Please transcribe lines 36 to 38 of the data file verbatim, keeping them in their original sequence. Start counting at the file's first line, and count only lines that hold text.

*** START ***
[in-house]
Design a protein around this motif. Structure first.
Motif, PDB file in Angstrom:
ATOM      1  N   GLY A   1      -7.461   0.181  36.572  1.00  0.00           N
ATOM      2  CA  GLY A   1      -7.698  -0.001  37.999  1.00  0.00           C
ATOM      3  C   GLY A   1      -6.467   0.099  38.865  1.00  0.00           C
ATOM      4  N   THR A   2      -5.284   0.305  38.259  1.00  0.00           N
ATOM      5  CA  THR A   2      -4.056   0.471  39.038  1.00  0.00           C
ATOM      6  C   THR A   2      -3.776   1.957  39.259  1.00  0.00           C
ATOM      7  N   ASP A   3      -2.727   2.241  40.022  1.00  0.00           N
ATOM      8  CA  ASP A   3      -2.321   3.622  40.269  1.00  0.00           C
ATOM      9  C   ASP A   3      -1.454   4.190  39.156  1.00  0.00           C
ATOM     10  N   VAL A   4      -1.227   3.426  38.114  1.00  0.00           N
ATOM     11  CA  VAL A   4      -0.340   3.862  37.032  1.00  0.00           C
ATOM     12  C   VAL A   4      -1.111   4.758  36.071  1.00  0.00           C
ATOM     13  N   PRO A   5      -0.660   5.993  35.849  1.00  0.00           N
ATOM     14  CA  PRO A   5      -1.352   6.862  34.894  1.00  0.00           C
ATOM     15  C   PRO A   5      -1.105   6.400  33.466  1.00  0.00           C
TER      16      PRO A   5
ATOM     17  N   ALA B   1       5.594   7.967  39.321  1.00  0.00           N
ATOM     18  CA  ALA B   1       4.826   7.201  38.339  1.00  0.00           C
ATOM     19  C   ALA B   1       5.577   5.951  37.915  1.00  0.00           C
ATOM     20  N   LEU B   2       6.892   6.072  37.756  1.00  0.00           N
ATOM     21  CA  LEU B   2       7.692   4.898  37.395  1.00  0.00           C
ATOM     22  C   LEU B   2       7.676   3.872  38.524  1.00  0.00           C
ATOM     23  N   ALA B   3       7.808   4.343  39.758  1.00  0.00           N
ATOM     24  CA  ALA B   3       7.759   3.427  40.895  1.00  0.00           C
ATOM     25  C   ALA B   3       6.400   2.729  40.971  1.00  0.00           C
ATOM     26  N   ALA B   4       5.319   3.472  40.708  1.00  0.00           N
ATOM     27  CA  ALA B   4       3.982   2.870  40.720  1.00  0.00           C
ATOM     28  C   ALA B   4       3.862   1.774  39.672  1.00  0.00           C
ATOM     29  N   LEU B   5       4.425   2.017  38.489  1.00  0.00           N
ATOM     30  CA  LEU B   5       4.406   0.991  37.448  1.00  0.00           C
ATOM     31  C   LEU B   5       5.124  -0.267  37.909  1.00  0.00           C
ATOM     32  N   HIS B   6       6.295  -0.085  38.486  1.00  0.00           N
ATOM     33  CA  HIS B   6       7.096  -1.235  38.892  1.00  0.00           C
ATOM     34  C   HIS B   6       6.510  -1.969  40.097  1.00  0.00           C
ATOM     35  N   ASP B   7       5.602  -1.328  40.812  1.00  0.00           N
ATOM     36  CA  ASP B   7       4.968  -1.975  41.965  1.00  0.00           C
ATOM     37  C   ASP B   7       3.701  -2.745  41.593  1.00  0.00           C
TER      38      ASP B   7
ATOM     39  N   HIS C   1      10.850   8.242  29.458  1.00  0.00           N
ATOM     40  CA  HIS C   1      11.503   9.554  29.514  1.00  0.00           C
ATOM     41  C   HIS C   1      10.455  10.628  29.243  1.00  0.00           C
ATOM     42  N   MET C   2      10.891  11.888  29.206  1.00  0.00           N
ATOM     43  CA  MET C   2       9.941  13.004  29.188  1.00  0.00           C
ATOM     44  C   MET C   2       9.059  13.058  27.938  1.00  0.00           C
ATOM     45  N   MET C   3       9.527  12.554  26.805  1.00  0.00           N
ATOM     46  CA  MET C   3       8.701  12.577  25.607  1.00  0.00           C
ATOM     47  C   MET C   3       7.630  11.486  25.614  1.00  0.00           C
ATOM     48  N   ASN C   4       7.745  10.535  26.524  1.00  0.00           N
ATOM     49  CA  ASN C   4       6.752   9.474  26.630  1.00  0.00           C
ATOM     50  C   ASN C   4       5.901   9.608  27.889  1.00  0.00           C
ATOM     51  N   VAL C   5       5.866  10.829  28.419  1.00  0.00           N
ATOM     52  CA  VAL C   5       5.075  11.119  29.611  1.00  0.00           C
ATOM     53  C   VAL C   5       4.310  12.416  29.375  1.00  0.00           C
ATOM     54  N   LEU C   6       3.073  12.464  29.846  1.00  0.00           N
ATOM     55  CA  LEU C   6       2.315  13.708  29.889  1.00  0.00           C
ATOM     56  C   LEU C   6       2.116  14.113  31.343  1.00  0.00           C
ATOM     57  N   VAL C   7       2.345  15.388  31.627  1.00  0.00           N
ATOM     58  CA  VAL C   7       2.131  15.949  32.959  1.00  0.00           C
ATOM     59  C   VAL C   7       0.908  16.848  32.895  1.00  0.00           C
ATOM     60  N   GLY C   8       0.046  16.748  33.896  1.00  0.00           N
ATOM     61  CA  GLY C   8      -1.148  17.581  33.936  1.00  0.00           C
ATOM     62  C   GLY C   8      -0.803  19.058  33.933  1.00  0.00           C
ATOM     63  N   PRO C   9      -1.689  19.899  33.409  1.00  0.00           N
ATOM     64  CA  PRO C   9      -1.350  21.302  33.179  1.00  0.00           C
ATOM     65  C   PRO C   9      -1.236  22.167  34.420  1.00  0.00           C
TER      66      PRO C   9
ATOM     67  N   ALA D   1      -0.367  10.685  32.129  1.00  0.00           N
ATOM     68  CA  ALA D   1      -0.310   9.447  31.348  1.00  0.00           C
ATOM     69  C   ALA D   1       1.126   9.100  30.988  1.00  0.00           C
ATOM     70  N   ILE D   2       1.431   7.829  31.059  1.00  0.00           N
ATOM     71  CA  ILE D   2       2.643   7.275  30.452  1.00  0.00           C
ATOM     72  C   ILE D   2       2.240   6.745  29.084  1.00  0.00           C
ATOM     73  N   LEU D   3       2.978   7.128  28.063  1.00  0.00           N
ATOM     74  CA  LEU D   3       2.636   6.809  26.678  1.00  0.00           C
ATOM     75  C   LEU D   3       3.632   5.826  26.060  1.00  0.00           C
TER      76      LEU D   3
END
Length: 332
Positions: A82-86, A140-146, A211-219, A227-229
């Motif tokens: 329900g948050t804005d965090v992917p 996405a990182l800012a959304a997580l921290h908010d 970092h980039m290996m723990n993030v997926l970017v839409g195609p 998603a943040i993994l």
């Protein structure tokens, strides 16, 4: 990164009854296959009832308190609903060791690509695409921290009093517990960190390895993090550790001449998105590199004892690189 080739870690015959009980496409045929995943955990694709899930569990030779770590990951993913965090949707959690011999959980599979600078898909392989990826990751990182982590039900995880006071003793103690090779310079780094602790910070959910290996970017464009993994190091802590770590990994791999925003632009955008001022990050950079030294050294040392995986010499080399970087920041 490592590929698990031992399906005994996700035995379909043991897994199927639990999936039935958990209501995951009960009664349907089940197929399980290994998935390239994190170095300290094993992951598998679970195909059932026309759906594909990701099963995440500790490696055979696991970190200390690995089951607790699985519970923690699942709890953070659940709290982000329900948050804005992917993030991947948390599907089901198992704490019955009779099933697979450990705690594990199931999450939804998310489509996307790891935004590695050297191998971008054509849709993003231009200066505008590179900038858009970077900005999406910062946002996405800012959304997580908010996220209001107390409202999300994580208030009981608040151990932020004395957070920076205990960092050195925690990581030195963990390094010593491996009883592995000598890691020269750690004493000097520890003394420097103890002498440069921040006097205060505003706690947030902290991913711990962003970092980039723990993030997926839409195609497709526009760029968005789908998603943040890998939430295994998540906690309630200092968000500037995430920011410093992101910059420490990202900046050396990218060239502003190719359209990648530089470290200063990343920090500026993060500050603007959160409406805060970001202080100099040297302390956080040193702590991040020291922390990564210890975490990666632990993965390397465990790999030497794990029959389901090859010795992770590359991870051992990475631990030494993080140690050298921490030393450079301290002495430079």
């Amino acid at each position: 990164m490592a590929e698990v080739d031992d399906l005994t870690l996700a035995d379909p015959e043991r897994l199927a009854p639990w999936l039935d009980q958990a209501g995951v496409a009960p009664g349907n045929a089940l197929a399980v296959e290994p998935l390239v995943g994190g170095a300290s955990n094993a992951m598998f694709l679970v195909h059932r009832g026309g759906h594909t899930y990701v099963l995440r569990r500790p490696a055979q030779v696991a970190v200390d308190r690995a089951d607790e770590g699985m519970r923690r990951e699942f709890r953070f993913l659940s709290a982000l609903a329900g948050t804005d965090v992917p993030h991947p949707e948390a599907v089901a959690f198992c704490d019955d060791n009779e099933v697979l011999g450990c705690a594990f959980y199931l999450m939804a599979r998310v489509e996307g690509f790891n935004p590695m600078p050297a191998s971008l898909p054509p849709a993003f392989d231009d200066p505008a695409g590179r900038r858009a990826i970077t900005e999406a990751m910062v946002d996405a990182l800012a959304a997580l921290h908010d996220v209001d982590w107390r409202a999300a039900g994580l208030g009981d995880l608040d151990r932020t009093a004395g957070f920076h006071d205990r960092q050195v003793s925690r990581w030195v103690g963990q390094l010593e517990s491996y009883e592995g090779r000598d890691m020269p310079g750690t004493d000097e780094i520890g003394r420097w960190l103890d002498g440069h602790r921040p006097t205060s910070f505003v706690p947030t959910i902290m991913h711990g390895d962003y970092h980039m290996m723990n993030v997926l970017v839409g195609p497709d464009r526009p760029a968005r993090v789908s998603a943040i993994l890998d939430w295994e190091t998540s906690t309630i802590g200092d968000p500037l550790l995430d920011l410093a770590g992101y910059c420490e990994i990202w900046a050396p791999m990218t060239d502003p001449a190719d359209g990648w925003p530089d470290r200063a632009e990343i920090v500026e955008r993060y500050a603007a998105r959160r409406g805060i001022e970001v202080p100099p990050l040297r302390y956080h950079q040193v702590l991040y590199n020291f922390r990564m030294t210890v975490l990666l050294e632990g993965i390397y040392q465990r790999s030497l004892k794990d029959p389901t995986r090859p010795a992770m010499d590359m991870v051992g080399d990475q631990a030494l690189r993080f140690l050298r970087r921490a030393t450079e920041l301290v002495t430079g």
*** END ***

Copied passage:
ATOM     33  CA  HIS B   6       7.096  -1.235  38.892  1.00  0.00           C
ATOM     34  C   HIS B   6       6.510  -1.969  40.097  1.00  0.00           C
ATOM     35  N   ASP B   7       5.602  -1.328  40.812  1.00  0.00           N